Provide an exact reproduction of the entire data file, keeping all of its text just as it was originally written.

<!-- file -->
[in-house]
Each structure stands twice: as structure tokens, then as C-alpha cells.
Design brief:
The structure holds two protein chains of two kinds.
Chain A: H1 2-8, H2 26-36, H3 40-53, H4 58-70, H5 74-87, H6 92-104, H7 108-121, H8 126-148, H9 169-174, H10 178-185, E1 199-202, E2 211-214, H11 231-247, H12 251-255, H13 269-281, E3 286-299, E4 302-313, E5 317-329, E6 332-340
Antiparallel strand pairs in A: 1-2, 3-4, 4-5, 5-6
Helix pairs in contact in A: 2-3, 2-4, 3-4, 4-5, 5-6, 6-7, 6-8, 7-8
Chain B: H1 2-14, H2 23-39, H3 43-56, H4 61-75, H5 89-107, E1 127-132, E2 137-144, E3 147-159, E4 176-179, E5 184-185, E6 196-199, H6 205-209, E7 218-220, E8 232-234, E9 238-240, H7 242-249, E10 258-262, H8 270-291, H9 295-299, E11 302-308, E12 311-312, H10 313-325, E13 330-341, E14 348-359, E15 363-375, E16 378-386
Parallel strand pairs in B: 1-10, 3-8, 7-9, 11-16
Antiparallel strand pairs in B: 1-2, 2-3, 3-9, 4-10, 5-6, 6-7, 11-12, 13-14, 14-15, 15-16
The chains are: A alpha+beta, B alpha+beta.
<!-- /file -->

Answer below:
[in-house]
Each structure stands twice: as structure tokens, then as C-alpha cells.
Design brief:
The structure holds two protein chains of two kinds.
Chain A: H1 2-8, H2 26-36, H3 40-53, H4 58-70, H5 74-87, H6 92-104, H7 108-121, H8 126-148, H9 169-174, H10 178-185, E1 199-202, E2 211-214, H11 231-247, H12 251-255, H13 269-281, E3 286-299, E4 302-313, E5 317-329, E6 332-340
Antiparallel strand pairs in A: 1-2, 3-4, 4-5, 5-6
Helix pairs in contact in A: 2-3, 2-4, 3-4, 4-5, 5-6, 6-7, 6-8, 7-8
Chain B: H1 2-14, H2 23-39, H3 43-56, H4 61-75, H5 89-107, E1 127-132, E2 137-144, E3 147-159, E4 176-179, E5 184-185, E6 196-199, H6 205-209, E7 218-220, E8 232-234, E9 238-240, H7 242-249, E10 258-262, H8 270-291, H9 295-299, E11 302-308, E12 311-312, H10 313-325, E13 330-341, E14 348-359, E15 363-375, E16 378-386
Parallel strand pairs in B: 1-10, 3-8, 7-9, 11-16
Antiparallel strand pairs in B: 1-2, 2-3, 3-9, 4-10, 5-6, 6-7, 11-12, 13-14, 14-15, 15-16
The chains are: A alpha+beta, B alpha+beta.